When I was a teenager, I was impressed that my father read the newspaper every morning, listened to NPR in his car, and watched the evening news every night. He told me that keeping up on current events wasn’t just an interest but his civic duty. He didn’t use those words, but look, it was a long time ago and I’m left with just the takeaway if not the precise quote. Now my dad was born in 1928, a child through the Great Depression, and one year shy of getting to enlist and fight in World War II (he lied about his age and went to work as a postal carrier instead, and they were willing to take him because they needed people). Duty and attachment to our neighbors has certainly shifted from then until today, and barely anyone reads a newspaper anymore. Our media outlets have grown, merged, super-merged, and drifted from the journalistic standards once popularized by people like Edward R. Murrow and Walter Cronkite. For example, Fox News broadcasts verifiably true stories only twenty-two percent of the time. Rachel Maddow is better, but not much, at thirty-eight percent.
But in addition to the truthiness of mainstream news outlets, we have a problem with how subjects and topics are framed. Take the recent letter by forty-seven Republican Senators to Iran’s leadership, suggesting that their ongoing negotiations with the United States (and several other countries) won’t be worth the paper it’s eventually signed on. The debate frame is set up around whether these Senators are traitors or patriots, whether they should be recalled or heralded. Clearly they’re not traitors, as they didn’t call for the overthrow of the United States, didn’t send classified information to a foreign government for same effect, and didn’t attack the United States. (They didn’t even violate the Logan Act, but that’s another issue.)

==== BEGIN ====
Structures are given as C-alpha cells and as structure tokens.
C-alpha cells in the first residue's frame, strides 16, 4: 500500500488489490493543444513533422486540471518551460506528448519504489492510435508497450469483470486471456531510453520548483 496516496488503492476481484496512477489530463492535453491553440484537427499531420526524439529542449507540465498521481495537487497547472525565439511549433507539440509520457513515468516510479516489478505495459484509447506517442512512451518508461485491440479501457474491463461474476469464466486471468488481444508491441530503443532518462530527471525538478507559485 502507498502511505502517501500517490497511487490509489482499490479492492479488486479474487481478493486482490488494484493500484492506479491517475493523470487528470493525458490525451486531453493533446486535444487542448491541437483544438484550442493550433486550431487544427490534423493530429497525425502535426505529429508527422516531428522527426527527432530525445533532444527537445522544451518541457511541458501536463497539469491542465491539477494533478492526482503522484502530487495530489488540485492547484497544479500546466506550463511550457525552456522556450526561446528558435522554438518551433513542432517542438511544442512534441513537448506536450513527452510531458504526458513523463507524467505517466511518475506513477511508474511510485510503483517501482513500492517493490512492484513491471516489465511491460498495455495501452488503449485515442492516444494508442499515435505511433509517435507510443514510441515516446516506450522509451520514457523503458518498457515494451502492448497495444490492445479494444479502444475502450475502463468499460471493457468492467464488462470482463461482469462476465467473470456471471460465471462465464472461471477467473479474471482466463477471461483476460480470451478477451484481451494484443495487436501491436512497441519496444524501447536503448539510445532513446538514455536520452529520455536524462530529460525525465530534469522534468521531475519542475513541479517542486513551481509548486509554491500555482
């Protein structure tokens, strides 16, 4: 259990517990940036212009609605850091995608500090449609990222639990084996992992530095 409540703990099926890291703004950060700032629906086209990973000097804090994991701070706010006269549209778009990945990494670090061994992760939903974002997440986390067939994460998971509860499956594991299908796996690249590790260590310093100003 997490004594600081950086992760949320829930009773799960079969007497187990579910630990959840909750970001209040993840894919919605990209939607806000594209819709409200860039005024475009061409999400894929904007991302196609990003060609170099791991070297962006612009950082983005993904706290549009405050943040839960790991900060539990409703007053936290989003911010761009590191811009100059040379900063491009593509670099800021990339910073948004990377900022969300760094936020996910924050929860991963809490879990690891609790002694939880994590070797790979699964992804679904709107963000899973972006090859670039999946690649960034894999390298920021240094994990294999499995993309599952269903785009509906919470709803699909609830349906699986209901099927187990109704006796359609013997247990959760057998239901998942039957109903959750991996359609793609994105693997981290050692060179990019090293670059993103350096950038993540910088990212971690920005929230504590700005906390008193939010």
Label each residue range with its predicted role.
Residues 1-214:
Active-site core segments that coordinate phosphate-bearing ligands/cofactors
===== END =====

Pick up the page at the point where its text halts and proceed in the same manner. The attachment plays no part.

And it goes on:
What should we be talking about instead? Well, for one, we could be discussing what it means for the majority party in the Senate to publicly disagree with the White House on foreign policy twice within two weeks (first, Netanyahu’s speech, and then the letter to Iran), and what it means about the GOP’s understanding of the authority of the Presidential office. Once we frame the issue in those terms, whole new ideas can be discussed—for example, is there a troubling trend within the GOP evidenced by this letter, this invitation of a foreign Prime Minister to the floor of Congress, the refusal in Alabama by a Republican State Supreme Court Justice to adhere to a Federal court ruling on same-sex marriage, the statement from GOP leader Mitch McConnell to Republican governors that they “refuse” to adhere to the EPA’s new rules coming out this summer, and the right-wing alliance with rancher Clive Bundy who refused to pay for his use of Federal lands? Is there a conscious or subconscious movement in the right wing to not only push against “big government” but against government itself? If so, what do we think about it and what should we do in response?
These dichotomous framings—traitors/patriots, states rights/federal rights—weaken our understanding of our world, our political leaders, and our own agency within the systems that create our society. I can think of a few other current conversations that suffer from reductive logic at the moment, including:
Religious “rights” vs. LGBT rights—First of all, there is a difference between being asked to bake a wedding cake and being asked to treat an infant. We don’t necessarily think of physicians as having a right of refusal unless their own safety is at stake, especially as they have taken an oath to “first, do no harm,” which they could conceivably violate by refusing to treat a patient, given the right conditions. We don’t expect that bakers take any oaths and so it’s not as surprising to some of us if they would decline to bake a particular cake for a particular person. But pitting these situations as a clash of two equal communities with mutually exclusive value systems renders invisible that one has been consistently marginalized culturally and legally and the other has not, no matter an individual’s “feelings” of personal persecution. Further, persons are guaranteed equal protection and guaranteed inalienable basic rights, rights which are not impinged upon by doing one’s job in their chosen profession in the same way they are impinged upon if they are left to suffer and/or die because nobody agreeing with the presumed values of the person in trouble was near enough to help them. What would be a better framing? Well, questioning why some faith communities have become activist-oriented and why that orientation calls them to limit their expertise and skill sets only for like-minded people would be a better starting point.